The Same…but Different
Earlier this month, the Los Angeles Times ran an piece on Otis Chandler, founder of Goodreads. For the uninitiated, Goodreads is a social media site for bibliophiles. And the article explored the viability of brick-and-mortar stores in the internet age as well as the ways his site functions as an advertising platform for publishing houses.
Which got me to thinking…
What is it that Frume Sarah likes about Goodreads?
In addition to keeping track of the books that I have read, it shares my reviews and thoughts about the books with my social network. And while that not seem like a big deal, it has (a) given me insight into my friends and (b) led to some very interesting discussions.
Take Shakespeare’s Hamlet. Imagine my surprise when one of my friends left me a comment, demanding an explanation for my rating of two stars. Two stars = “it was OK.” It’s not the lowest score. But it was an honest one. M’s comment forced me to consider why I had felt that it was only OK.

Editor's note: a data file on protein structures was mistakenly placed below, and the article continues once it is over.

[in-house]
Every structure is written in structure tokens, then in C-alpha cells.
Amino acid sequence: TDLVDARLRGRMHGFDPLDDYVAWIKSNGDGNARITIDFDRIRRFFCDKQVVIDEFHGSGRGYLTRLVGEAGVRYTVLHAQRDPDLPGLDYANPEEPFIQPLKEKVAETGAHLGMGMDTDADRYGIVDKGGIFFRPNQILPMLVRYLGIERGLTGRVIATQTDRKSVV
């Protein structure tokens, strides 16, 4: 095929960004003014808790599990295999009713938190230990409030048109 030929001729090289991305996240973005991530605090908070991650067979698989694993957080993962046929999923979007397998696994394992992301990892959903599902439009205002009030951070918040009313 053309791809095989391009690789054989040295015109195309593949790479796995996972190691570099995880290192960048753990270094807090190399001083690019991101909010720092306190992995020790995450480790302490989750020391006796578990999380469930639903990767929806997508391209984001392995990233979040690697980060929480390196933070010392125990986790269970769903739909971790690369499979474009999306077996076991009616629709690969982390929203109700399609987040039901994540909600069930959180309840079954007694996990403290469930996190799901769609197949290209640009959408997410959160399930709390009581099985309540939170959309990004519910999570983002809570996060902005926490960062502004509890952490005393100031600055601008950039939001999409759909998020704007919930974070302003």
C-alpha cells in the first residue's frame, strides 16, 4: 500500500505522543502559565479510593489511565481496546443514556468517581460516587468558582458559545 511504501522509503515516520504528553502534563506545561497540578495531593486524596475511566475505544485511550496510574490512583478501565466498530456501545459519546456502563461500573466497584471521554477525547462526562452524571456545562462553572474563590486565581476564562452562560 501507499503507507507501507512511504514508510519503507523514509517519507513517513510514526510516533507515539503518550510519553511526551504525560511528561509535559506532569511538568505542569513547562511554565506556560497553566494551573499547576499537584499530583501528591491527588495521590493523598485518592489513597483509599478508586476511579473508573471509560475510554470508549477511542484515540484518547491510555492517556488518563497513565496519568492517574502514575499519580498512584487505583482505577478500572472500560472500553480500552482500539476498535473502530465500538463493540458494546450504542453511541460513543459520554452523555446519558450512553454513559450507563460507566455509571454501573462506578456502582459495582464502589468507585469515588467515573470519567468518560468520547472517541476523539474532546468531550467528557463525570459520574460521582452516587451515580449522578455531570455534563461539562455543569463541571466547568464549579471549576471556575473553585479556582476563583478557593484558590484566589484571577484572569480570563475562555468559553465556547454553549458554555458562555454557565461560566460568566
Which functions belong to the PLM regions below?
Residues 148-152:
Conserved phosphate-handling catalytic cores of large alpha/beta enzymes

I was in the 11th grade. That’s my excuse. I was too young to have really appreciated it for anything other than a classic piece of literature. Midsummer Night’s Dream was more my speed at the time 😉
A dialogue continued and we learned just a little more about our sixteen year old selves. I also moved it back onto my to-read list. M’s comments made me see that, like Torah, I needed to reread it. I need to return to the story as my adult self and see what I missed all those years ago.
And here’s another way that Shakespeare is like Torah; sometimes you just have to see it to really get it. Like this week’s parasha, Ki Tavo. The whole Gerizim/Ebal business becomes a lot clearer when it’s animated, don’t you think?
Parshat Ki Tavo from G-dcast.com
More Torah cartoons at www.g-dcast.com